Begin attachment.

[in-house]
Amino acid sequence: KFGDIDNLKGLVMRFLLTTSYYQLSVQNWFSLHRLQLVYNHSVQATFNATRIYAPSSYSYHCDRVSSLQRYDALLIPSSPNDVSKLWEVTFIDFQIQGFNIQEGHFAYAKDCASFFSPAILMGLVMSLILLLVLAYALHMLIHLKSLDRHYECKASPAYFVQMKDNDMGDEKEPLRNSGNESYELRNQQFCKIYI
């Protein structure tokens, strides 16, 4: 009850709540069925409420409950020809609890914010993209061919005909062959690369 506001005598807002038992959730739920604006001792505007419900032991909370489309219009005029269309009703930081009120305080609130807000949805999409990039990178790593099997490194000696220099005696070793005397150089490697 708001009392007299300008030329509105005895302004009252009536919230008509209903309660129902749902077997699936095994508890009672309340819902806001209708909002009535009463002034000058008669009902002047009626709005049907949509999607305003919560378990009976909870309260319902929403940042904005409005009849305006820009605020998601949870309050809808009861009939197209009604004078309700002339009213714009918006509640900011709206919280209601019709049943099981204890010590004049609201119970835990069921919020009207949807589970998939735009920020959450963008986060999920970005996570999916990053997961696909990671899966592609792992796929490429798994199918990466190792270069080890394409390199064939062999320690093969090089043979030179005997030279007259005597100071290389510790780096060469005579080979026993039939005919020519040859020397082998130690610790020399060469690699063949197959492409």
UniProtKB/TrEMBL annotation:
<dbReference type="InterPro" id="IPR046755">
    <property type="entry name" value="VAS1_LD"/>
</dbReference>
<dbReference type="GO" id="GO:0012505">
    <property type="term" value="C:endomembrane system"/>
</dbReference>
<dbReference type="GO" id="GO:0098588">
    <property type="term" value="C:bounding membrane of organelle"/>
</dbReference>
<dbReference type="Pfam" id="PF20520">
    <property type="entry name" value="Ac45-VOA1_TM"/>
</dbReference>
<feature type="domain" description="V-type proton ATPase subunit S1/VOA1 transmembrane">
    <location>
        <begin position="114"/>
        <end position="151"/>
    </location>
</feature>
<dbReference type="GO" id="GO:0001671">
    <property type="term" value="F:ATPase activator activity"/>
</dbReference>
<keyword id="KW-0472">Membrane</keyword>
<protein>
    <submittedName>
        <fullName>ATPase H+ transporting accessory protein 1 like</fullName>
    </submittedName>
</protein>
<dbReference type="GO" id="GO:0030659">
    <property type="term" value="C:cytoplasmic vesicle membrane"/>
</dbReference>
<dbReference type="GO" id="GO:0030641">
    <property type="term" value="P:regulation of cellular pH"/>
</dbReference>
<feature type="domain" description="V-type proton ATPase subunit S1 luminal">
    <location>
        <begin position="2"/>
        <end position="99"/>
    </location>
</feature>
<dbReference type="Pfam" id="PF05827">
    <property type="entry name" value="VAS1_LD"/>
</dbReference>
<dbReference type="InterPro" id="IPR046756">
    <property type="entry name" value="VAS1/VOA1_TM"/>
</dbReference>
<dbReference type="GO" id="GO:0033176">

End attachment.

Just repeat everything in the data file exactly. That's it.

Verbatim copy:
[in-house]
Amino acid sequence: KFGDIDNLKGLVMRFLLTTSYYQLSVQNWFSLHRLQLVYNHSVQATFNATRIYAPSSYSYHCDRVSSLQRYDALLIPSSPNDVSKLWEVTFIDFQIQGFNIQEGHFAYAKDCASFFSPAILMGLVMSLILLLVLAYALHMLIHLKSLDRHYECKASPAYFVQMKDNDMGDEKEPLRNSGNESYELRNQQFCKIYI
């Protein structure tokens, strides 16, 4: 009850709540069925409420409950020809609890914010993209061919005909062959690369 506001005598807002038992959730739920604006001792505007419900032991909370489309219009005029269309009703930081009120305080609130807000949805999409990039990178790593099997490194000696220099005696070793005397150089490697 708001009392007299300008030329509105005895302004009252009536919230008509209903309660129902749902077997699936095994508890009672309340819902806001209708909002009535009463002034000058008669009902002047009626709005049907949509999607305003919560378990009976909870309260319902929403940042904005409005009849305006820009605020998601949870309050809808009861009939197209009604004078309700002339009213714009918006509640900011709206919280209601019709049943099981204890010590004049609201119970835990069921919020009207949807589970998939735009920020959450963008986060999920970005996570999916990053997961696909990671899966592609792992796929490429798994199918990466190792270069080890394409390199064939062999320690093969090089043979030179005997030279007259005597100071290389510790780096060469005579080979026993039939005919020519040859020397082998130690610790020399060469690699063949197959492409």
UniProtKB/TrEMBL annotation:
<dbReference type="InterPro" id="IPR046755">
    <property type="entry name" value="VAS1_LD"/>
</dbReference>
<dbReference type="GO" id="GO:0012505">
    <property type="term" value="C:endomembrane system"/>
</dbReference>
<dbReference type="GO" id="GO:0098588">
    <property type="term" value="C:bounding membrane of organelle"/>
</dbReference>
<dbReference type="Pfam" id="PF20520">
    <property type="entry name" value="Ac45-VOA1_TM"/>
</dbReference>
<feature type="domain" description="V-type proton ATPase subunit S1/VOA1 transmembrane">
    <location>
        <begin position="114"/>
        <end position="151"/>
    </location>
</feature>
<dbReference type="GO" id="GO:0001671">
    <property type="term" value="F:ATPase activator activity"/>
</dbReference>
<keyword id="KW-0472">Membrane</keyword>
<protein>
    <submittedName>
        <fullName>ATPase H+ transporting accessory protein 1 like</fullName>
    </submittedName>
</protein>
<dbReference type="GO" id="GO:0030659">
    <property type="term" value="C:cytoplasmic vesicle membrane"/>
</dbReference>
<dbReference type="GO" id="GO:0030641">
    <property type="term" value="P:regulation of cellular pH"/>
</dbReference>
<feature type="domain" description="V-type proton ATPase subunit S1 luminal">
    <location>
        <begin position="2"/>
        <end position="99"/>
    </location>
</feature>
<dbReference type="Pfam" id="PF05827">
    <property type="entry name" value="VAS1_LD"/>
</dbReference>
<dbReference type="InterPro" id="IPR046756">
    <property type="entry name" value="VAS1/VOA1_TM"/>
</dbReference>
<dbReference type="GO" id="GO:0033176">